The beauty of mofussil India is the unknown people who are institutions in themselves. These are the small town heroes whom everyone knows and loves at the local level. They are known to possess a quality that places them at a pedestal.

One such personality resides in the Lake City of Nainital. The man with a permanent grin, a cool manner and a henna-dyed hair is Gauri Datt Pande but he only responds to the name Gavaskar.

A roadside tea vendor who has a small stall on the Mall Road, he is known across Nainital and the adjoining villages for dishing out free knowledge of cricket alongside the steaming cups of tea.

Name any epic cricket match and he comes up with details of top scorers, wicket and catch takers apart from those who committed blunders on the field. He was a local cricket icon for the decade between mid seventies and mid eighties. He stands out an as encyclopedia on the game.

How he got Gavaskar as his nickname is another interesting story. “I was lean and almost his height. I wore a white cap just like he did and had an incredible knowledge of cricket,” he told this reporter while adding that things have come to a pass that even his mother calls him “my Gavaskar”.

Cricket has been his passion since childhood. Despite having studied only till class eight in the vernacular medium, he had picked up the colonial language to the extent that he could always understand match commentaries.

His transistor was a prized possession that drew crowds to listen to commentaries.

One can ask him about the nitty-gritty of cricket tests since 1970 and he can come up with the minutest of details. He can lay down the batting order, the runs scored by key players and even the radio commentators for the day.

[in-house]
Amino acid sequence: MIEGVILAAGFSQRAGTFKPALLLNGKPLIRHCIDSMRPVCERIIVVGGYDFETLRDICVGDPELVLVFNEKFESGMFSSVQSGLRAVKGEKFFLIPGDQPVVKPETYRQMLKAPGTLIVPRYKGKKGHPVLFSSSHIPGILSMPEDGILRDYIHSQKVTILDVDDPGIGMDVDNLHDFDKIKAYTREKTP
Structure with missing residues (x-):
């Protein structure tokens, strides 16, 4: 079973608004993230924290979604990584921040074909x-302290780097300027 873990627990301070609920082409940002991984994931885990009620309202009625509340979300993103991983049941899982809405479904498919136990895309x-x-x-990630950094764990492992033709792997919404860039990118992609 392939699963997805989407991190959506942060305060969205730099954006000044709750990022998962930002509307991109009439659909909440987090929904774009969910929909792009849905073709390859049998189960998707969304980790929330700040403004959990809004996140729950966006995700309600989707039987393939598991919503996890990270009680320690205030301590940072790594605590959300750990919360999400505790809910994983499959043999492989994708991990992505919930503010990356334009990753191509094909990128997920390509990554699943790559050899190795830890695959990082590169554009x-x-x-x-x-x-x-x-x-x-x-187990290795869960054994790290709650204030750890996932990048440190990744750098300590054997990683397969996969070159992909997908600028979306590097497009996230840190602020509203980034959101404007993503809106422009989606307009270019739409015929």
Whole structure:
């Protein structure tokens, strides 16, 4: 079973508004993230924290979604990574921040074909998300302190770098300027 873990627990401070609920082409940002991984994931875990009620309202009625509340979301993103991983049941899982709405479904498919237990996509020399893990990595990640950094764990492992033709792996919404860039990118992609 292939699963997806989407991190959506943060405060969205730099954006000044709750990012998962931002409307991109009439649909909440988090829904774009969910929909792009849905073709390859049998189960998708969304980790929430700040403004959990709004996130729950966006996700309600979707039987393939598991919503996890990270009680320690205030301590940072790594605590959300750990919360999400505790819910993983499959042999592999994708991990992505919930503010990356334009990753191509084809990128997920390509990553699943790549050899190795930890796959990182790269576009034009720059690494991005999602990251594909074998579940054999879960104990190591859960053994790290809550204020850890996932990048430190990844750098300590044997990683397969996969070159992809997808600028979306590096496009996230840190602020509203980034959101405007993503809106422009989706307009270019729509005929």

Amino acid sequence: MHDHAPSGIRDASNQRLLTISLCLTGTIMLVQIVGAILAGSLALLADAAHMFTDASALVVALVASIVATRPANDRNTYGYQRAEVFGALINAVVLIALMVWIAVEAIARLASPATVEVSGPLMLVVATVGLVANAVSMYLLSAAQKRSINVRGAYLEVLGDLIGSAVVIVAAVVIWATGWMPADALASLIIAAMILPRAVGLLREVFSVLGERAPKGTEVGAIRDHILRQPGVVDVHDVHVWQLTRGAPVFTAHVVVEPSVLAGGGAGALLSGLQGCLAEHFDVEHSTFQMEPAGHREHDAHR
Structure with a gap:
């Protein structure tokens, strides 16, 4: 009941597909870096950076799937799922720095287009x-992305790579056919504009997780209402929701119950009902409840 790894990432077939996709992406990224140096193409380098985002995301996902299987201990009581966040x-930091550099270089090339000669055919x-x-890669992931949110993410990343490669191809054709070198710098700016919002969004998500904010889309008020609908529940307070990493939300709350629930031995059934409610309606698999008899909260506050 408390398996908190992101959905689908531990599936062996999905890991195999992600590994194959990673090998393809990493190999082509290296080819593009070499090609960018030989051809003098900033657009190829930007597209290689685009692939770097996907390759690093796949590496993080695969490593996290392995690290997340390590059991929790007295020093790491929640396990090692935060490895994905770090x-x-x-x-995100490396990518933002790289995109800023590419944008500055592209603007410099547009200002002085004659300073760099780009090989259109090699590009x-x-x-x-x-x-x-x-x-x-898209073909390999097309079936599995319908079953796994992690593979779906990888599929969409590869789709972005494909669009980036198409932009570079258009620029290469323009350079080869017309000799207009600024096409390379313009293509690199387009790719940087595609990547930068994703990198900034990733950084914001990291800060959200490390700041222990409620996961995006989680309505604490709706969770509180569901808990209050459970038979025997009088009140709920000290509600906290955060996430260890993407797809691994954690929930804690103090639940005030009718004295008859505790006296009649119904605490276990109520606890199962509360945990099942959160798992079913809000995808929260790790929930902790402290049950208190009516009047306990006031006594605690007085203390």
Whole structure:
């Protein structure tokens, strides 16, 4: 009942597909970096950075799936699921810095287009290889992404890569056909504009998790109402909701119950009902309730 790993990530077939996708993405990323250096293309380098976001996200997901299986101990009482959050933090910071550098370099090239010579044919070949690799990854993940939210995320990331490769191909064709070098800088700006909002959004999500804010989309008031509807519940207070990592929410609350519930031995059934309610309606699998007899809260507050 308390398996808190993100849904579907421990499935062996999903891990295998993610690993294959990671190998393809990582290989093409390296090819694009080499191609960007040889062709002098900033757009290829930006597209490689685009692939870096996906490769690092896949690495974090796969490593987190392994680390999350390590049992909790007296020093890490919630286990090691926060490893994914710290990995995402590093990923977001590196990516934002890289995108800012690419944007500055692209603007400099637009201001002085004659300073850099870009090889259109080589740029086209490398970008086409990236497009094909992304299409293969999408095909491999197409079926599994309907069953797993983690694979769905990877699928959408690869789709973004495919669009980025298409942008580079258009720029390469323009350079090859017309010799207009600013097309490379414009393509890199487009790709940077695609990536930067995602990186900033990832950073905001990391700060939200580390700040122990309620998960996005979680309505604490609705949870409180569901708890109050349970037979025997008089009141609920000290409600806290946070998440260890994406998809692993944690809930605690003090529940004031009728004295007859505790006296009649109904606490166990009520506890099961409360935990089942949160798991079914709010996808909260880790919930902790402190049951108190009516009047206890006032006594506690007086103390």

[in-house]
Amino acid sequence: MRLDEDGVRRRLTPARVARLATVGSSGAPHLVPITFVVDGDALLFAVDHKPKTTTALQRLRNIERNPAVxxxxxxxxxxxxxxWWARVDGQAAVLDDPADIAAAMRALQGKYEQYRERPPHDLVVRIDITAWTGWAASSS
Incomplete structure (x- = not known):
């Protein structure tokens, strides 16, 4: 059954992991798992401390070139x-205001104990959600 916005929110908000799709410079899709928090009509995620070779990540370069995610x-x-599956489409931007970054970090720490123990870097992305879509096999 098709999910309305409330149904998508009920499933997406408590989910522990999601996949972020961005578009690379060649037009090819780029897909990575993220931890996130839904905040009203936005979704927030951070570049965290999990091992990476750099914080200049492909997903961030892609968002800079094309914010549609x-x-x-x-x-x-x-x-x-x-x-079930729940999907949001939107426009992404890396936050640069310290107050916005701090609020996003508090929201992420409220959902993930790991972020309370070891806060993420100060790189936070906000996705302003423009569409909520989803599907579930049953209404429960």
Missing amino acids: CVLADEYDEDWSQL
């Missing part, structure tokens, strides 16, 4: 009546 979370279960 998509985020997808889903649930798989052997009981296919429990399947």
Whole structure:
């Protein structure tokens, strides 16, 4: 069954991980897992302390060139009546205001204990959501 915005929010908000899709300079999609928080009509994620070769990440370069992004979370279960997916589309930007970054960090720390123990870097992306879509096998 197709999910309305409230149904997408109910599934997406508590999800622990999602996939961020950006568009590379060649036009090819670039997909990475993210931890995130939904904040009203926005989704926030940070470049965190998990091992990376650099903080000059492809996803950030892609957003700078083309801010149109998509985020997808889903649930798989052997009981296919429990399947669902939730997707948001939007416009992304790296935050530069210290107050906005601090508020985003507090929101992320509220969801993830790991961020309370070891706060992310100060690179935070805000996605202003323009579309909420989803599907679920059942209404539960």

Unfamiliar with the geography of the world, he can tell the various time zones of the cricketing nations. He also has an impeccable knowledge of the cricket stadiums across the globe.

Disillusioned by the frequent match fixing scandals that have hit the gentleman’s game, he still basks in the glory of the olden days.

“I am a great fan of the West Indian team. Nobody has been able to match the magic weaved by the likes of Vivian Richards, Michael Holding, Andy Roberts and Malcom Marshall,” he said.

The town still remembers the day when Gavaskar had served free tea to the people when the West Indian team had won a historic match.

He adores Sunil Gavaskar for facing the might of West Indian and Australian pace batteries without a helmet.

Despite not being a cricket buff, this reporter had his knowledge of the game enhanced several folds over the steaming cups of tea served by Gavaskar while being posted in Nainital for an English Daily. A discussion on the game cannot be over for this reporter without a mention of Nainital’s Gavaskar.